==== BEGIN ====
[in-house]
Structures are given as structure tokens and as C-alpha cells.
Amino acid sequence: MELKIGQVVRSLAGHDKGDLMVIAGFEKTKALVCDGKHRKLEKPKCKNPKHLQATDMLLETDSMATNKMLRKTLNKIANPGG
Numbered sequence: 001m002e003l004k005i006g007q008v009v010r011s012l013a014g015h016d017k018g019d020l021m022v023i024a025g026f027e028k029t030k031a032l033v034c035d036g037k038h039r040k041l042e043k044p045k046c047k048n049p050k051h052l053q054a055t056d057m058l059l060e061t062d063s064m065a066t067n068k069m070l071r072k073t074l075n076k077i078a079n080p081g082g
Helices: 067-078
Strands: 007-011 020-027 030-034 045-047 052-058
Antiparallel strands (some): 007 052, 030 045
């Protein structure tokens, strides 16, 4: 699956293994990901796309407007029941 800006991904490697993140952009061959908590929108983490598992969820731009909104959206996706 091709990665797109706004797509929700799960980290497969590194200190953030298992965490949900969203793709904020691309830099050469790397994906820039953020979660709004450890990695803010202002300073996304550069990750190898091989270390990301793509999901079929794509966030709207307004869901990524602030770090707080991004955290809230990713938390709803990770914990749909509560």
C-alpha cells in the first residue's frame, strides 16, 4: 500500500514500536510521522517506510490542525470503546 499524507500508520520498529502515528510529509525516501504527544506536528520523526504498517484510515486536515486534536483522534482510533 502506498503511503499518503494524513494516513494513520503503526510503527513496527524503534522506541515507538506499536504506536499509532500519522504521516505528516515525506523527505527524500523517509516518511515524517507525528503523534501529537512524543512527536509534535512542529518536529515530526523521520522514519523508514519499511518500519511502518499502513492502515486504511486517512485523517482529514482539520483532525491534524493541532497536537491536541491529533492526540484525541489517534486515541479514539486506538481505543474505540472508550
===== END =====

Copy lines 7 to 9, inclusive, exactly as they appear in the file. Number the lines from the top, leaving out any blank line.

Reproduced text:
Antiparallel strands (some): 007 052, 030 045
């Protein structure tokens, strides 16, 4: 699956293994990901796309407007029941 800006991904490697993140952009061959908590929108983490598992969820731009909104959206996706 091709990665797109706004797509929700799960980290497969590194200190953030298992965490949900969203793709904020691309830099050469790397994906820039953020979660709004450890990695803010202002300073996304550069990750190898091989270390990301793509999901079929794509966030709207307004869901990524602030770090707080991004955290809230990713938390709803990770914990749909509560």
C-alpha cells in the first residue's frame, strides 16, 4: 500500500514500536510521522517506510490542525470503546 499524507500508520520498529502515528510529509525516501504527544506536528520523526504498517484510515486536515486534536483522534482510533 502506498503511503499518503494524513494516513494513520503503526510503527513496527524503534522506541515507538506499536504506536499509532500519522504521516505528516515525506523527505527524500523517509516518511515524517507525528503523534501529537512524543512527536509534535512542529518536529515530526523521520522514519523508514519499511518500519511502518499502513492502515486504511486517512485523517482529514482539520483532525491534524493541532497536537491536541491529533492526540484525541489517534486515541479514539486506538481505543474505540472508550